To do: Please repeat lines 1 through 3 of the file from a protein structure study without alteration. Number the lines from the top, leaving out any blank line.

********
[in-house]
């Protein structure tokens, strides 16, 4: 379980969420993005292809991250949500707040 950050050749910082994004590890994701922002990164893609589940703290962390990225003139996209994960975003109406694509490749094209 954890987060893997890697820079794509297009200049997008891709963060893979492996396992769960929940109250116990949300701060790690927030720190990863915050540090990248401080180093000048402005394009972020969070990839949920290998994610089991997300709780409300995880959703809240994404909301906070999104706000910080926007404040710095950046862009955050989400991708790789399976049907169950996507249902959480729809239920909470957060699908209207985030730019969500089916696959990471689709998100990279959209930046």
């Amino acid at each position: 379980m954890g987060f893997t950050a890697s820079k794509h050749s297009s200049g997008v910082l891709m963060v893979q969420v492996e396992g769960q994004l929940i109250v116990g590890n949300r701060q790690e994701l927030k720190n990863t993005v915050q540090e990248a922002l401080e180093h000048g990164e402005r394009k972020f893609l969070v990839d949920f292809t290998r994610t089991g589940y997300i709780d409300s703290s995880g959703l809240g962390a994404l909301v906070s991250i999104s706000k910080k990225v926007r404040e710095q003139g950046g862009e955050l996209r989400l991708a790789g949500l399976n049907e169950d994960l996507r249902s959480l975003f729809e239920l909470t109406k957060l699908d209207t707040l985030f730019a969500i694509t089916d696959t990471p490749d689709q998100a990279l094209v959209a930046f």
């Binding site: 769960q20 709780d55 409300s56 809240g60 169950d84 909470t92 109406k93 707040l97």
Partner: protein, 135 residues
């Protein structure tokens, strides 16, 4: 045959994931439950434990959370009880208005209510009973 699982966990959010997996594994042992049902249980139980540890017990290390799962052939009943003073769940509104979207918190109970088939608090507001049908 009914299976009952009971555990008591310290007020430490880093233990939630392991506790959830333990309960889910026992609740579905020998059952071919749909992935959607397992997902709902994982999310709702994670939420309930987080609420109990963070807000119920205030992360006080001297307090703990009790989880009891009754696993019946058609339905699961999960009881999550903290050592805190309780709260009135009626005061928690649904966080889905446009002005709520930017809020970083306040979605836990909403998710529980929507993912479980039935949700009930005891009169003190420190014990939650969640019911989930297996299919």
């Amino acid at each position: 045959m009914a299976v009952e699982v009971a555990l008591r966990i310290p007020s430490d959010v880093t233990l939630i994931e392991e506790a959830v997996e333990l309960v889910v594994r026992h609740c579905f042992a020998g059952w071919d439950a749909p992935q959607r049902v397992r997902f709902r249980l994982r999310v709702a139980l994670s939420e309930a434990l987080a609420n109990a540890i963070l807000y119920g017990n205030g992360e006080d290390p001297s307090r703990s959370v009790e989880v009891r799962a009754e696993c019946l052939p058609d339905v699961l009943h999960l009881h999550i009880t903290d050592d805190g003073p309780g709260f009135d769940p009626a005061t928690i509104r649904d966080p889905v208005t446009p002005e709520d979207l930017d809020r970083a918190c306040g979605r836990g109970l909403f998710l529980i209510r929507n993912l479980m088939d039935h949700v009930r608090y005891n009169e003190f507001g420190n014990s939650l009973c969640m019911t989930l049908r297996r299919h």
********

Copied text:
[in-house]
């Protein structure tokens, strides 16, 4: 379980969420993005292809991250949500707040 950050050749910082994004590890994701922002990164893609589940703290962390990225003139996209994960975003109406694509490749094209 954890987060893997890697820079794509297009200049997008891709963060893979492996396992769960929940109250116990949300701060790690927030720190990863915050540090990248401080180093000048402005394009972020969070990839949920290998994610089991997300709780409300995880959703809240994404909301906070999104706000910080926007404040710095950046862009955050989400991708790789399976049907169950996507249902959480729809239920909470957060699908209207985030730019969500089916696959990471689709998100990279959209930046």
């Amino acid at each position: 379980m954890g987060f893997t950050a890697s820079k794509h050749s297009s200049g997008v910082l891709m963060v893979q969420v492996e396992g769960q994004l929940i109250v116990g590890n949300r701060q790690e994701l927030k720190n990863t993005v915050q540090e990248a922002l401080e180093h000048g990164e402005r394009k972020f893609l969070v990839d949920f292809t290998r994610t089991g589940y997300i709780d409300s703290s995880g959703l809240g962390a994404l909301v906070s991250i999104s706000k910080k990225v926007r404040e710095q003139g950046g862009e955050l996209r989400l991708a790789g949500l399976n049907e169950d994960l996507r249902s959480l975003f729809e239920l909470t109406k957060l699908d209207t707040l985030f730019a969500i694509t089916d696959t990471p490749d689709q998100a990279l094209v959209a930046f």